How to tell a genuine student from a backpacker
However, they can be risky tenants – often in casual employment, prone to loud holiday partying and liable to leave before a lease is up.
And the unofficial competition to have the “cheapest” holiday can tempt some backpackers to sublet, leading to overcrowding.
Backpackers know – or soon discover – that few property managers will entertain their applications, so sometimes pose as “students” to have a better chance.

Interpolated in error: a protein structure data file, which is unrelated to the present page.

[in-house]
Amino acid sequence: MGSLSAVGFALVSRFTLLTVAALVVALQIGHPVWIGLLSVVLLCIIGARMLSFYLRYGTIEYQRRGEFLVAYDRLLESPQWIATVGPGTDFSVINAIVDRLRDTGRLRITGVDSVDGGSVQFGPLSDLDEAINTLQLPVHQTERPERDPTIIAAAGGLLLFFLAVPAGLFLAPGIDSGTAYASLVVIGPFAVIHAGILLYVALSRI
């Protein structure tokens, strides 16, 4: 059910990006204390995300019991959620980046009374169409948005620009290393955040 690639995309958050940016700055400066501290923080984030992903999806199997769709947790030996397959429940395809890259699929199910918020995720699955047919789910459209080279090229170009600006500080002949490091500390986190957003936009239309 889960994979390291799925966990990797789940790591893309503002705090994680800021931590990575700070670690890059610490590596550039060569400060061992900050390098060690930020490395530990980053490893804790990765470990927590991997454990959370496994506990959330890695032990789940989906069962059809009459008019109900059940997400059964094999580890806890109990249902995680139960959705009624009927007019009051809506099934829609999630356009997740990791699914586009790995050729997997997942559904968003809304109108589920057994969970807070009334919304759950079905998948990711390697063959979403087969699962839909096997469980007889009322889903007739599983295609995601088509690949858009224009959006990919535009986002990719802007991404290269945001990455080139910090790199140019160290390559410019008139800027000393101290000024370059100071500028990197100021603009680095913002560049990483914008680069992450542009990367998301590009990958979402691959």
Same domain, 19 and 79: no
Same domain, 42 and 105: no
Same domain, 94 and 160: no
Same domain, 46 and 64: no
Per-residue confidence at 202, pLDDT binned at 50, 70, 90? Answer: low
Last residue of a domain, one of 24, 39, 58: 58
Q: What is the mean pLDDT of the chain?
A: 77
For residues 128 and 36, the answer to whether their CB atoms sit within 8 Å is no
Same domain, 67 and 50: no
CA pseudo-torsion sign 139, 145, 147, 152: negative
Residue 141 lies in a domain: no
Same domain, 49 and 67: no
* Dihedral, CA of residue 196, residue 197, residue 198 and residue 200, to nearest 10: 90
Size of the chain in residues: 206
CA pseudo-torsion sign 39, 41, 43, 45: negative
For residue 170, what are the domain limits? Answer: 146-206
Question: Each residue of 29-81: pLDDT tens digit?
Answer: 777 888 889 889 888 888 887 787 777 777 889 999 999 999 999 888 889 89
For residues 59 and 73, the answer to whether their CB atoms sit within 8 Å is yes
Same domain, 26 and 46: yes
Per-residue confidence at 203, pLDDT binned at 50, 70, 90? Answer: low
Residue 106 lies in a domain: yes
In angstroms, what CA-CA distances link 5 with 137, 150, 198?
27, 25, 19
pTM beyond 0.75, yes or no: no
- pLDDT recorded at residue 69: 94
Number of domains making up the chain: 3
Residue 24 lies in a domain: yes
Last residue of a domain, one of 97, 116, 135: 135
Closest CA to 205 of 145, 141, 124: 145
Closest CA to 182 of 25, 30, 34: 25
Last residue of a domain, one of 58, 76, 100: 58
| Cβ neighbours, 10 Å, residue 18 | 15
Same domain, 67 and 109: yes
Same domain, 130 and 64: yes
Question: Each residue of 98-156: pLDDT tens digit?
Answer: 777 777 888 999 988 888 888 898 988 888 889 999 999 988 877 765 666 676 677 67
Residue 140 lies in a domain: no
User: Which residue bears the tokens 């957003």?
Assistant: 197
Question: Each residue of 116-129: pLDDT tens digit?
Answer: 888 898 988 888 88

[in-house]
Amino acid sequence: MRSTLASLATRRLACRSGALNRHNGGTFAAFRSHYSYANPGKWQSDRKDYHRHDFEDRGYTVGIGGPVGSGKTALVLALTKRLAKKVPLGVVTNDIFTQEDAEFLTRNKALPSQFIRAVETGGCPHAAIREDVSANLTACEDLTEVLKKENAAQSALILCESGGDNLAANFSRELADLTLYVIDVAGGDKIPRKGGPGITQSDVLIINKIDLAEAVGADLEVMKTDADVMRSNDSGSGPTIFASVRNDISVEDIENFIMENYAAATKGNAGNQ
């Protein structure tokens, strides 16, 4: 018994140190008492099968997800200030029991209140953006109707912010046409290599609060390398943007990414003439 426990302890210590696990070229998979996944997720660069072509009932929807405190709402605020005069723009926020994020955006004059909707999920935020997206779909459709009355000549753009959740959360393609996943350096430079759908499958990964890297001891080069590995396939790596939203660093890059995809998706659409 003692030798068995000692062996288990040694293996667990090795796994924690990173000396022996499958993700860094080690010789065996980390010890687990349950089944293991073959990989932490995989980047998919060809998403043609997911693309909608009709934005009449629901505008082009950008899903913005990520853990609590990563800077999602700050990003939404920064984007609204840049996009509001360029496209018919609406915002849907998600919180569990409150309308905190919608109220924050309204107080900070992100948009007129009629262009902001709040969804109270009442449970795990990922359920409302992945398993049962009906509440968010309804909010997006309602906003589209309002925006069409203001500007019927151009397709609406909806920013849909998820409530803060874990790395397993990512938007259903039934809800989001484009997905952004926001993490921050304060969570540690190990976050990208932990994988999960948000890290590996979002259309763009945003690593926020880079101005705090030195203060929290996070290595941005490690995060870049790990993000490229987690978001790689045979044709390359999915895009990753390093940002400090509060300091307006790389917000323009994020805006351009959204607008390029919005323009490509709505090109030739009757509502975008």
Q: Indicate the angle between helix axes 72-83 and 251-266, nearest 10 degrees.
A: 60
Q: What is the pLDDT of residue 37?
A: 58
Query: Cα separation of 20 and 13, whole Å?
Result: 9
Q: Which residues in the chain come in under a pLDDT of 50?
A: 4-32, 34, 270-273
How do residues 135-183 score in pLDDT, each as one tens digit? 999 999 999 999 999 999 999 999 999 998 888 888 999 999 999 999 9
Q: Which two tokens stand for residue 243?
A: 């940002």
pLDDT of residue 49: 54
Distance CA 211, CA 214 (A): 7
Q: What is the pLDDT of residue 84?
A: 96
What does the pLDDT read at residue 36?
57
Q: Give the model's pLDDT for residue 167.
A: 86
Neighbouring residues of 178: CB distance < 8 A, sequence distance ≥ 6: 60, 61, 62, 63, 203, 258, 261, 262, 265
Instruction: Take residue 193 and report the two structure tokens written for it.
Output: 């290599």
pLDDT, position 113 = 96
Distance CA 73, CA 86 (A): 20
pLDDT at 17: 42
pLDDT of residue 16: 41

RentCover General Manager, Sharon Fox-Slater, said property managers should check the bona fides of all “students” – asking to see their student card, a letter of admission or student visa.
“Another red flag is if they only want a six month lease instead of signing on for a year,” Sharon said.
“Backpackers might have a healthy bank balance saved up, but ability to pay the rent does not make a good tenant if they are a poor risk in other ways,” she said.